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Hooboy, damned if you do and damned if you don't. You'll void your warranty one way or another so I suggest you bite the bullet and crack 'er open and see what gives. Wear rubber gloves and be VERY careful not to touch anything that even looks like it could be electrically live.

If you find the spill didn't go onto any components, color yourself lucky.

If it did, I defer to the electrical gurus here who know how to clean things without making it even worse on sensitive components.

ETA: It sounds like perhaps this electrical cleaner stuff criminal mentions may not require you to open the PSU.

Agreed, I'd open it and just clean all the sticky parts, wait for it to dry, then fire it back up. Should work just fine if you can get all the DP off.
 

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I'd take it to a professional; opening a psu and poking around without knowing what you're doing is a very bad idea
 

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I have opened PSU's in a shorter peiod of time than how long you had yours there. It should be perfectly safe to open, if you are comfortable in doing so.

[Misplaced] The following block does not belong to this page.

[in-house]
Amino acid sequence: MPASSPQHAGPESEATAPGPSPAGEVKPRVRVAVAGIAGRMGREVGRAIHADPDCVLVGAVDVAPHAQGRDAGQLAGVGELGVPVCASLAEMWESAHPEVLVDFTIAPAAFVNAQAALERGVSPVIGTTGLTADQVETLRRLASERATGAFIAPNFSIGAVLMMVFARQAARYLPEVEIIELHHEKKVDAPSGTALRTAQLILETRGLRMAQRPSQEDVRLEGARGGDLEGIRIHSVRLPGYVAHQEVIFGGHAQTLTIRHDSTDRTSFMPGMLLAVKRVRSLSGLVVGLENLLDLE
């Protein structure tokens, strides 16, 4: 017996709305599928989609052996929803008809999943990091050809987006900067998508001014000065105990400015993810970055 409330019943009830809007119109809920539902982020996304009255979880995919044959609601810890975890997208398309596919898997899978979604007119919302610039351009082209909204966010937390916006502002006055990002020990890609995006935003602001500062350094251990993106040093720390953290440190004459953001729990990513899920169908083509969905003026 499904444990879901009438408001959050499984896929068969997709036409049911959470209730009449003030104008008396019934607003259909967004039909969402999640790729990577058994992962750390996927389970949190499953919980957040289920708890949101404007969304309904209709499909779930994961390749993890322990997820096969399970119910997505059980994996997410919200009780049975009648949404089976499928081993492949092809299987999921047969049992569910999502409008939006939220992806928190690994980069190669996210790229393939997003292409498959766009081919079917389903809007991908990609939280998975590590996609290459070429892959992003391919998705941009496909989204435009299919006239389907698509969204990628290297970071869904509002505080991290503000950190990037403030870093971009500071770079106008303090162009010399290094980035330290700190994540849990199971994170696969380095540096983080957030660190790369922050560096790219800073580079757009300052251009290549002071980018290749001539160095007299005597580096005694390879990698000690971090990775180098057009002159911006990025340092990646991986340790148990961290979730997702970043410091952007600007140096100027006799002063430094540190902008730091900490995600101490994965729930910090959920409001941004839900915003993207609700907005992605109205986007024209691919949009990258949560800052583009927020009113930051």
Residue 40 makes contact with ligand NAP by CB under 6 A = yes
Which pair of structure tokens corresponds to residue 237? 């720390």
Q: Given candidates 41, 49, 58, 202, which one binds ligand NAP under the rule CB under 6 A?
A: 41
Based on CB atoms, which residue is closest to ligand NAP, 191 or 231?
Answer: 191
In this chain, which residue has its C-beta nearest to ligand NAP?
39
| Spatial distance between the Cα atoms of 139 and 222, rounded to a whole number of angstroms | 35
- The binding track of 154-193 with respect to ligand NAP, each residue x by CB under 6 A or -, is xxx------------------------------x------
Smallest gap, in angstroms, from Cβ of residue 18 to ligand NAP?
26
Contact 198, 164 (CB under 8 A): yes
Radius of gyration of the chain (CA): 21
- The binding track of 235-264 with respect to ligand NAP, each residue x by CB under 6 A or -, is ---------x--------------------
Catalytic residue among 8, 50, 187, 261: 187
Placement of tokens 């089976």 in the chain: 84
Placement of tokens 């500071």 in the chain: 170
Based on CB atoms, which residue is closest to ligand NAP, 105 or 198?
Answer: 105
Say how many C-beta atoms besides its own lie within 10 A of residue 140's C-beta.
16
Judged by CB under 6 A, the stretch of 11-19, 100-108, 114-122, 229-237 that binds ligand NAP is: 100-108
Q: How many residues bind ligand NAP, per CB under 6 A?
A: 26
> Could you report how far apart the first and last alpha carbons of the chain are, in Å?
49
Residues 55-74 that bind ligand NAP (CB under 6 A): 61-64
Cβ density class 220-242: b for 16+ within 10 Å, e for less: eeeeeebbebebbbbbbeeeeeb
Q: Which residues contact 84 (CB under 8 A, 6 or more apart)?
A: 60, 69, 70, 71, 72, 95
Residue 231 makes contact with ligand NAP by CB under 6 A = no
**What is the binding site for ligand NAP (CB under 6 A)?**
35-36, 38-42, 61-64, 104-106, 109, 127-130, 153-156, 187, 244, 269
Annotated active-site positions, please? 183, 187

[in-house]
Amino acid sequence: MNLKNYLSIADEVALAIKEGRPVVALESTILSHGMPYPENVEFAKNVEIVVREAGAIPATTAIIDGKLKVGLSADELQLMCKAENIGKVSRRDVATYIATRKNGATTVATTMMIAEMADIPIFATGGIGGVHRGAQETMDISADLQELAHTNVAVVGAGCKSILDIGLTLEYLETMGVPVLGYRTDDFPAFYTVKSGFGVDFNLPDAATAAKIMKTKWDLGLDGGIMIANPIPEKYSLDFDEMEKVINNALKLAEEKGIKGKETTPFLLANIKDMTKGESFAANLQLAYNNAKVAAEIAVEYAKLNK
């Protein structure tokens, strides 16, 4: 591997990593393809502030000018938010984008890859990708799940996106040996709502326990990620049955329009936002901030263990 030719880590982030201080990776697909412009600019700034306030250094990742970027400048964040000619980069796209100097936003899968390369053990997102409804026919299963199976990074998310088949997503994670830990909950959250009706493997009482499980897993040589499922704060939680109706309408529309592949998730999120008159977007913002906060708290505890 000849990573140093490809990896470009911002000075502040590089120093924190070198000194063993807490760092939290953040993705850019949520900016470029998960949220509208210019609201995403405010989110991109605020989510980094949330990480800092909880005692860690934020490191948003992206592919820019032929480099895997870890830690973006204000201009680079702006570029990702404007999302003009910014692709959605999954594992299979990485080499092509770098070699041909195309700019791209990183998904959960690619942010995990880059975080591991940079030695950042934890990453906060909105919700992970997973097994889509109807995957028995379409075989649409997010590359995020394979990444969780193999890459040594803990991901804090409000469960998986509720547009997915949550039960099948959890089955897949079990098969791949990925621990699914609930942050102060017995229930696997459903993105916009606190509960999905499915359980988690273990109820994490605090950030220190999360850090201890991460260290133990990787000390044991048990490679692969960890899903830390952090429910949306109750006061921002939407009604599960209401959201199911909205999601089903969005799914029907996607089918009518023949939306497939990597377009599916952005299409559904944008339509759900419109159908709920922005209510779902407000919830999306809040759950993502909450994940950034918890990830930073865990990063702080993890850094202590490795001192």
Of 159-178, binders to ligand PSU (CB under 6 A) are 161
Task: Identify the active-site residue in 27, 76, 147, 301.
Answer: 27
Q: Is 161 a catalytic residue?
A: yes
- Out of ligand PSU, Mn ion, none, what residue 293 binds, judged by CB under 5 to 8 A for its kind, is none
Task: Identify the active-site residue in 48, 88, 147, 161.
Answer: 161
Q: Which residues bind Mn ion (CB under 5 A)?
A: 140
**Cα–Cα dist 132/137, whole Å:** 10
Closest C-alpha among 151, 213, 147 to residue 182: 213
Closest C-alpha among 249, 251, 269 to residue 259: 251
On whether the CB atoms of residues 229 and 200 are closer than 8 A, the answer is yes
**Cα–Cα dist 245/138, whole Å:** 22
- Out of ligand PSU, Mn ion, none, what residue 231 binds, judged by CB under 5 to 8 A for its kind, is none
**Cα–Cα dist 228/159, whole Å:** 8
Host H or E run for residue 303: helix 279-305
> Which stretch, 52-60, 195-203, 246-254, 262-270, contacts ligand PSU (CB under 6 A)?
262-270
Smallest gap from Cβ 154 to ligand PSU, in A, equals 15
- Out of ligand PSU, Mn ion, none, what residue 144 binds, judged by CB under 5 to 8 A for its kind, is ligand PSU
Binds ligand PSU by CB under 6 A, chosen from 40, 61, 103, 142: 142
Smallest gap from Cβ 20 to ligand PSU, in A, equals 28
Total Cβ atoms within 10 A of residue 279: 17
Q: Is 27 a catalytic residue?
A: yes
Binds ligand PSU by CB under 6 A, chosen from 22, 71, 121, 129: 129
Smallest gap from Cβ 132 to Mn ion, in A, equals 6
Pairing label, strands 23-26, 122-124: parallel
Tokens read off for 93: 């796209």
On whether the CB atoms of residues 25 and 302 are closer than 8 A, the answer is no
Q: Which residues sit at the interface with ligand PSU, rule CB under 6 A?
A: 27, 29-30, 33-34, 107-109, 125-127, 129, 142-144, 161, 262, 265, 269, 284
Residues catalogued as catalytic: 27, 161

Of course it would void any warranty it has.

I don't think putting more liquids (water) in it would be a good idea. Open it up & clean it out with alchohol.
 

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Quote:


Originally Posted by criminal
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For one, don't pour more liquid into the power supply.

I say go get some eletric parts cleaner and clean the power supply that way.

Whatever you do, make sure the power supply is completely dry before pluging it in.

This ^^ vv
http://www.acehardware.com/product/i...=PPC:364256907

Or some equivalent of it. But I wouldn't risk the water
 

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Adding more water to the equation will not help. Open it up, clean it with a lint free cloth, perhaps gauss pads, keep it open, let it dry under a light bulb or sun light, for about 30 minutes.
 

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You'll at least want to discharge the primary caps before screwing around. I can find a guide on how to do that for you.

You could use 70%+ isopropyl alcohol to clean the PSU. Nonconductive, it evaporates fast, and it will probably dissolve any gunk that's left over from the pop.